For classification, the start date is the date the request was received at the service centre and the end date is the date when the decision was rendered on the Expanded Position Action Report. The sampled classification activities included “identical-to” requests, as well as more complex requests that may require the use of evaluations and committees such as the creation of unique positions or reclassifications.

For staffing, the start date is the date the request was received at the service centre and the end date is the date on the letter of offer. The sampled staffing activities included externally advertised, internally advertised, non-advertised, acting, and casual requests.

Table 1 provides a summary of the files reviewed. Overall, the service centres examined met the established service standards 45 percent of the time (127/285). Of the 158 activities that did not meet the service standards, 59 percent (94/158) took twice as long or longer to complete than the established standard. The degree of conformance with the standards indicated that the 2010 service standards were not an accurate representation of the level of service that clients could expect to receive.

Table 1. Summary of File Review

Table Summary

This table shows the summary of the classification and staffing files reviewed at the three service centres. Conclusive files were compared against the applicable ADM(HR-Civ) service standards.

 

 ClassificationStaffingTotal
Population of files at three sites in scope 2033 5830 7863
Files requested 211 403 614
Files unavailable 9 73 82
Files out of scope4 39 3 42
Files reviewed in scope 163 327 490
Files without start and/or end dates 33 112 145
Files with negative processing time5 2 14 16
Conclusive files 128 201 329
Files with an applicable service standard6 128 157 285
Files meeting applicable service standard 40 87 127
Files taking longer than twice the service standard 61 33 94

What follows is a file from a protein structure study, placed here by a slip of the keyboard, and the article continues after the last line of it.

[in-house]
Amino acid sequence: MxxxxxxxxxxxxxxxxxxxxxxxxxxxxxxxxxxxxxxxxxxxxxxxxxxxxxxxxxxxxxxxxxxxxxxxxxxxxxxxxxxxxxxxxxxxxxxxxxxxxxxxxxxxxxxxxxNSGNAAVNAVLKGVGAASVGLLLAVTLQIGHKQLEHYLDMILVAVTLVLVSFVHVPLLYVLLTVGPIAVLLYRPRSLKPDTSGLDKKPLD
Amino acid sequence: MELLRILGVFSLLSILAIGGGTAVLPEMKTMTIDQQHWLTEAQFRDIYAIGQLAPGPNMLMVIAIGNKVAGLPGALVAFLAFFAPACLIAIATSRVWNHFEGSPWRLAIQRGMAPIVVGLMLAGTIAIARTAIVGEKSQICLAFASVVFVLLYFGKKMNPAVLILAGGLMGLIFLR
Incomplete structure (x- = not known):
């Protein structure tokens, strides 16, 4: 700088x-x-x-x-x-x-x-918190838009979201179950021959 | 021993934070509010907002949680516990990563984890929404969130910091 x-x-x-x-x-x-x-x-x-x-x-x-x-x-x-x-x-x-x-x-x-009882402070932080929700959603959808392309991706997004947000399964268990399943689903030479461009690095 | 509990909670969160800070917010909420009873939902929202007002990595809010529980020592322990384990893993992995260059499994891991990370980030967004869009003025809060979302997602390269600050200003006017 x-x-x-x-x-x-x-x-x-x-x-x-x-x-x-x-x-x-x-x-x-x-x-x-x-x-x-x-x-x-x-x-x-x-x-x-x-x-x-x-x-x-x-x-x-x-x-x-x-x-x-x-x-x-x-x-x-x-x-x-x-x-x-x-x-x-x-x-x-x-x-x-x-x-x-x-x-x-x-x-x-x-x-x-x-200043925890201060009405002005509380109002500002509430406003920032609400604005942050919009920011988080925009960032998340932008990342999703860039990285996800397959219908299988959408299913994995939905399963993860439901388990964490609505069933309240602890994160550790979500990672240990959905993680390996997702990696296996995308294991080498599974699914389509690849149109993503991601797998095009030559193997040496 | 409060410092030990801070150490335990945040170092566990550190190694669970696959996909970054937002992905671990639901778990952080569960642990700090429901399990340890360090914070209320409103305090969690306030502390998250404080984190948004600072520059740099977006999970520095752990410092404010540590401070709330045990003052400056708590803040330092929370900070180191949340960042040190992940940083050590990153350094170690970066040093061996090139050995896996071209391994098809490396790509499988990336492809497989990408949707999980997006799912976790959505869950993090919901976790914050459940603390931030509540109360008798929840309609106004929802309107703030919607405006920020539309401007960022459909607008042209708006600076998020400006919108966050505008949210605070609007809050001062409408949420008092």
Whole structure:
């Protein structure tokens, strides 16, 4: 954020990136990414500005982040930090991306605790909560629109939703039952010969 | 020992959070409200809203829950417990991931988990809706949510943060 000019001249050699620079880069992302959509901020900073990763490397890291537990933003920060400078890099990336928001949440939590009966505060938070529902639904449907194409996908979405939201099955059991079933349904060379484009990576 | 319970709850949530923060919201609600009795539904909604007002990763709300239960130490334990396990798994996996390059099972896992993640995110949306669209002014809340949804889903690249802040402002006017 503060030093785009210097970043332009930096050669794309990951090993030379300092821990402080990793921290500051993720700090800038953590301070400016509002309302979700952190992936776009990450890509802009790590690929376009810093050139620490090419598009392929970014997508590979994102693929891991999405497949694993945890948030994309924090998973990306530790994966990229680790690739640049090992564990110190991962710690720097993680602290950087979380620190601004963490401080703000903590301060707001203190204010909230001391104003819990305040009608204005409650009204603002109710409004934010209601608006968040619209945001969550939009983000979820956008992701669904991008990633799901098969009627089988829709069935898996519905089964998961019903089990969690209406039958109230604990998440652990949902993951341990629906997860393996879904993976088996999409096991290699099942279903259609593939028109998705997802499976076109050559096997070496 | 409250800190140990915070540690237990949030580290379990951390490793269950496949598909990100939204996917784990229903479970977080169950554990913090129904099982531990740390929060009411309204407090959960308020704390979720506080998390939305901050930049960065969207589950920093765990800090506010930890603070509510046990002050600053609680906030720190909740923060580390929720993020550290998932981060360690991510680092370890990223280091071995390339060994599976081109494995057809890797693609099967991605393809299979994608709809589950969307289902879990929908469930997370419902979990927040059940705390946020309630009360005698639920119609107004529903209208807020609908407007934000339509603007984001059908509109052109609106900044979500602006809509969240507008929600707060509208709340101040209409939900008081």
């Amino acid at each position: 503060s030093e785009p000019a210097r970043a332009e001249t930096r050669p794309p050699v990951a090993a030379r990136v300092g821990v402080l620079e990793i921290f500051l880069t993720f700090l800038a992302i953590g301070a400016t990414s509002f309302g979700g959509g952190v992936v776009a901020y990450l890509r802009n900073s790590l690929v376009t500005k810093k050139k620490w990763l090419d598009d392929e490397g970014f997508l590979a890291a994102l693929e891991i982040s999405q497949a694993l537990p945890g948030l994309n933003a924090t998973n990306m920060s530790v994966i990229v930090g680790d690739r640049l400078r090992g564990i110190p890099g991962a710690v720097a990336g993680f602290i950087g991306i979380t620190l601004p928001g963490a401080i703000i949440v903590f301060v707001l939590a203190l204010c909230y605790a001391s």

Benchmarking

The 2010 ADM(HR-Civ) standards were compared to three other government departments. DND’s service standards ranged from five to 120 working days depending on the type of service requested. There were no significant variances between the standards developed at DND and those from the other departments.

Statistics from the Public Service Commission’s Staffing Management Accountability Framework from FYs 2010/11 and 2011/12 were also reviewed. Key indicators, such as PE7 ratios and length of internal advertised staffing processes at DND were close to the average of similar-sized organizations.8 DND had approximately 6.3 percent fewer resources in the PE group per 100 civilian employees than similar-sized organizations in both FY 2010/11 and 2011/12. While the average internal advertised staffing processing time over the same fiscal years was approximately 7.9 percent faster than similar-sized organizations, the Department had 12.5 percent more PE resources for every 100 staffing activities.

Conclusion

The inconsistent awareness and application of service standards, coupled with the absence of performance monitoring, are factors that contribute to the low rate of conformance to service standards at the service centres. Client expectations may not be in line with the service levels that service centres are able to provide. Service standards help manage these client expectations, but if they are not fully implemented and monitored across all HR service centres, HR staff may not be positioned to meet those expectations. As a result, the ability of client managers to fulfill their HR requirements in a timely manner will be impacted.

CRS Recommendation

1.         ADM(HR-Civ) should review and communicate service standards periodically; monitor performance regularly; and take follow-up action when standards are not met.

OPI: ADM(HR-Civ)

2.2 Performance Monitoring Information

The service centres examined had inconsistent practices for documenting and recording key information, such as dates that are important for consistent performance reporting and monitoring against service standards.